Posted by Art Mazor and Gary Johnsen on October 23, 2014
As HR finds its seat at the business table, it faces increasing scrutiny to demonstrate, like its counterparts around that table, how HR contributes to the business strategy and objectives.This scrutiny is good for HR in that it moves the function further from a purely transactional cost center to a strategic business partner. It also forces HR to be more accountable for how it manages the business of HR and aligns the cost of its operations and programs to business objectives. A chargeback process is a common “go to” approach for providing visibility into internal or shared costs and increasing accountability for cost management, yet can bring a mixture of benefits and pitfalls if not designed and implemented properly.
Done well, chargeback programs can offer a number of benefits:
In a Shared Services setting, chargebacks to the business for HR and other back-office functions tend to be fairly common. Chargebacks for HR CoEs (Communities of Expertise) are far less common and often fraught with challenges. In many cases, CoE chargebacks can actually drive the opposite behaviors and ways of working than desired. Consider these common issues:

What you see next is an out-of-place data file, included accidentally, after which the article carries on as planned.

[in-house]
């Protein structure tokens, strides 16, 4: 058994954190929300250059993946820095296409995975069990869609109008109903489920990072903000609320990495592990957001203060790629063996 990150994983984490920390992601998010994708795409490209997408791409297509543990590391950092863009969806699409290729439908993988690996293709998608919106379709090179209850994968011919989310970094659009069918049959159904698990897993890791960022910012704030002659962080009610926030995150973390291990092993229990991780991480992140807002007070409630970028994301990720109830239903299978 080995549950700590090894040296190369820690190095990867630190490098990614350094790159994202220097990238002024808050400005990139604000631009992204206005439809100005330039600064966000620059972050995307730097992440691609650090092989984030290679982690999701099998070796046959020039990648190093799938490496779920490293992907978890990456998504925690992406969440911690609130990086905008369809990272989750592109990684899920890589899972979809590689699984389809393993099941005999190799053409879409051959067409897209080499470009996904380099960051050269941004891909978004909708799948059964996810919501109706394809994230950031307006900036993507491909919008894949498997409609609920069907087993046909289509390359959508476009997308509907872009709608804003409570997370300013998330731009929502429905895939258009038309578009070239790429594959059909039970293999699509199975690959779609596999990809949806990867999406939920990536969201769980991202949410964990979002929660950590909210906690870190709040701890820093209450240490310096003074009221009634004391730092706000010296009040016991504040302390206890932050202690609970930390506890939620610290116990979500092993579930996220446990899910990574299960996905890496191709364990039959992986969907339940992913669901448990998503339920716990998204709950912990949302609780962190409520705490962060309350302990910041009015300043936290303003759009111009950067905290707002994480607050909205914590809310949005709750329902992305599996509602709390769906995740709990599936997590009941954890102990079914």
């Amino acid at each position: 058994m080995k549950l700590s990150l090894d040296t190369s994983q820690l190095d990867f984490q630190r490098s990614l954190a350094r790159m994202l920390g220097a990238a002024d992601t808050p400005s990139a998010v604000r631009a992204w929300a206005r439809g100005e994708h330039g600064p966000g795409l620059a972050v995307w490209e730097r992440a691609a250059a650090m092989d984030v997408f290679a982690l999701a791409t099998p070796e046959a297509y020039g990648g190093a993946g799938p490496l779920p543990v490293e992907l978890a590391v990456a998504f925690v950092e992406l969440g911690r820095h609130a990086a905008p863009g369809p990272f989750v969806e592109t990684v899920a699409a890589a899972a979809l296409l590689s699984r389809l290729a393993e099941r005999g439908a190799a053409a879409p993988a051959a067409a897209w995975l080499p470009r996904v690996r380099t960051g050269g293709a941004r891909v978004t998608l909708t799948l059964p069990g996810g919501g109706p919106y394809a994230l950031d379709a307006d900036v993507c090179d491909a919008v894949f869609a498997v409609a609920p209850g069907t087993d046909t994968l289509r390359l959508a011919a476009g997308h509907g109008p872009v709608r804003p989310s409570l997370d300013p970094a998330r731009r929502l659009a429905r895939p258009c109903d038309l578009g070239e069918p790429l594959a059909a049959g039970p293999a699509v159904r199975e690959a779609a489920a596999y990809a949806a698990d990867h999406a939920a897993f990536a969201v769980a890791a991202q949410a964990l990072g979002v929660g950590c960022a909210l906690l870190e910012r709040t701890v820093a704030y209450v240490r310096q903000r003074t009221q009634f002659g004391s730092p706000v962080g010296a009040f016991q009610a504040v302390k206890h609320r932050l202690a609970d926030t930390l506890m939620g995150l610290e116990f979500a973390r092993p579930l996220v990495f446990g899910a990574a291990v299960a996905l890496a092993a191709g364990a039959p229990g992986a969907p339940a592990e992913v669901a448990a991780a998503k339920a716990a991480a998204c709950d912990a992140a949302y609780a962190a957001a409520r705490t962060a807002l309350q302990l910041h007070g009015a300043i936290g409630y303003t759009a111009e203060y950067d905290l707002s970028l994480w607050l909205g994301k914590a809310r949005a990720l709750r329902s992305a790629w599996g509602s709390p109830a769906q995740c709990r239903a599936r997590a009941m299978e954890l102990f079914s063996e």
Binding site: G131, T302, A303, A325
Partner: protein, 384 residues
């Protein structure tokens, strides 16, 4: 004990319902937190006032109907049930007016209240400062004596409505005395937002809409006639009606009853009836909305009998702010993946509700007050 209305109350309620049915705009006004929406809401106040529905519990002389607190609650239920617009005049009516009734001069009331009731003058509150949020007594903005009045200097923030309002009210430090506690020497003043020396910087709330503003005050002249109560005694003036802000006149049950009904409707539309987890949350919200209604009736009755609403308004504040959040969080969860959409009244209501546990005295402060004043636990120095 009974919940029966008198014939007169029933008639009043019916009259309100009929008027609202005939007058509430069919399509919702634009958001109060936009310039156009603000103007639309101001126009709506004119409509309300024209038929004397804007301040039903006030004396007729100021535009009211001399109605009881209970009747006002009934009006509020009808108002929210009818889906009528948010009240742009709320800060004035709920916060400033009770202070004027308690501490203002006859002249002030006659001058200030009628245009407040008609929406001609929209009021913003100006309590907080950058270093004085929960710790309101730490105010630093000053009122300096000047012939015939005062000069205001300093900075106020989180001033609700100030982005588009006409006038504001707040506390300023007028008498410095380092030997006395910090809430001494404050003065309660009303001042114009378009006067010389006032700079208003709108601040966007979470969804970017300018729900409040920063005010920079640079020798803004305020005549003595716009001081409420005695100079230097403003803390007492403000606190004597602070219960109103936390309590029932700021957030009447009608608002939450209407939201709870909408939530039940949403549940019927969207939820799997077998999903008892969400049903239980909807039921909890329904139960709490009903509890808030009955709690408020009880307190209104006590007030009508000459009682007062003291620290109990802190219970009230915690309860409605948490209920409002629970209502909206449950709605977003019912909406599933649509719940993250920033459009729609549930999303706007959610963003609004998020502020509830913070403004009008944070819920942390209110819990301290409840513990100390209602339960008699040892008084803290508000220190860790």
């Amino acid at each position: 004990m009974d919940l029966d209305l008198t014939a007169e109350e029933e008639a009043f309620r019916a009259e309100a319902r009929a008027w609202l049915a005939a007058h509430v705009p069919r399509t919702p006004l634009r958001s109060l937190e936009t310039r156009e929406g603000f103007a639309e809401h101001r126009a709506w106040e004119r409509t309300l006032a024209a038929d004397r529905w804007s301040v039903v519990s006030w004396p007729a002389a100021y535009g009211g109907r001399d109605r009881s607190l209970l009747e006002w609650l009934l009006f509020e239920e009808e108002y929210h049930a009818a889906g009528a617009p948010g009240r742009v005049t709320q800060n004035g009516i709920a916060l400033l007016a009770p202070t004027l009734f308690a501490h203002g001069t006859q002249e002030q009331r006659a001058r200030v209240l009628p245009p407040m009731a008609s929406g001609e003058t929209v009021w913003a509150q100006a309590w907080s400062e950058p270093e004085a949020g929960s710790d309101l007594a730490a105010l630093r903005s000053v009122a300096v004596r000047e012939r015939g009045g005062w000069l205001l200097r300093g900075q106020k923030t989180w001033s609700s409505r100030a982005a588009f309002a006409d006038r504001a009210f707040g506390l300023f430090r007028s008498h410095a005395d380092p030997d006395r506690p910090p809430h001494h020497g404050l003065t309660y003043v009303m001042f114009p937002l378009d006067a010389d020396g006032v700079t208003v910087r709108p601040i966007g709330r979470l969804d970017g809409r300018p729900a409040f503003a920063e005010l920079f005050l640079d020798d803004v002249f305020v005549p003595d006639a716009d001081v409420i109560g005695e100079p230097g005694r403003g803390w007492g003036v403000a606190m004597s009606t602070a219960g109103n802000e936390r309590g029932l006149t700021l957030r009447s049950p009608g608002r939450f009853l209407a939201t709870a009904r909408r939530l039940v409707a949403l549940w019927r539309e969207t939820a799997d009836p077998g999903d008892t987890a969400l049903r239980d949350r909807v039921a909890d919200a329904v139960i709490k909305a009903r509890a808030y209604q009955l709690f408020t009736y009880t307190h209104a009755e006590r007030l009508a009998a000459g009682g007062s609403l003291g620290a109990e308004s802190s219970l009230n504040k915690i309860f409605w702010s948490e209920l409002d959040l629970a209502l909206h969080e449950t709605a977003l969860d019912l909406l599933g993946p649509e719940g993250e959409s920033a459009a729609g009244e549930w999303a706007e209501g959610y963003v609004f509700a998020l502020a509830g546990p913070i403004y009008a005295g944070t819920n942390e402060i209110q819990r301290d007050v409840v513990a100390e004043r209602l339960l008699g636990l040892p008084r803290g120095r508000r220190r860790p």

Realizing benefits and avoiding pitfalls takes appropriate up-front planning and care to avoid common mistakes. In our next post, we’ll look at the qualities of effective chargeback programs, walk through practical implementation steps, and share some lessons learned.
|Art Mazor is a principal in Deloitte Consulting LLP’s Human Capital practice. He leads the firm’s HR Transformation Strategy capabilities and collaborates with complex, global clients across industries to transform Human Resource strategy, service delivery, and organizations with a business-driven focus.|
|Gary Johnsen is a specialist leader in Deloitte Consulting LLP’s Human Capital practice. He has a passion for building the intersection between business and people strategy, helping organizations design and implement HR operating models, practices, structures and processes that drive meeting business strategy.|
As used in this document, “Deloitte” means Deloitte Consulting LLP, a subsidiary of Deloitte LLP. Please see www.deloitte.com/us/about for a detailed description of the legal structure of Deloitte LLP and its subsidiaries. Certain services may not be available to attest clients under the rules and regulations of public accounting.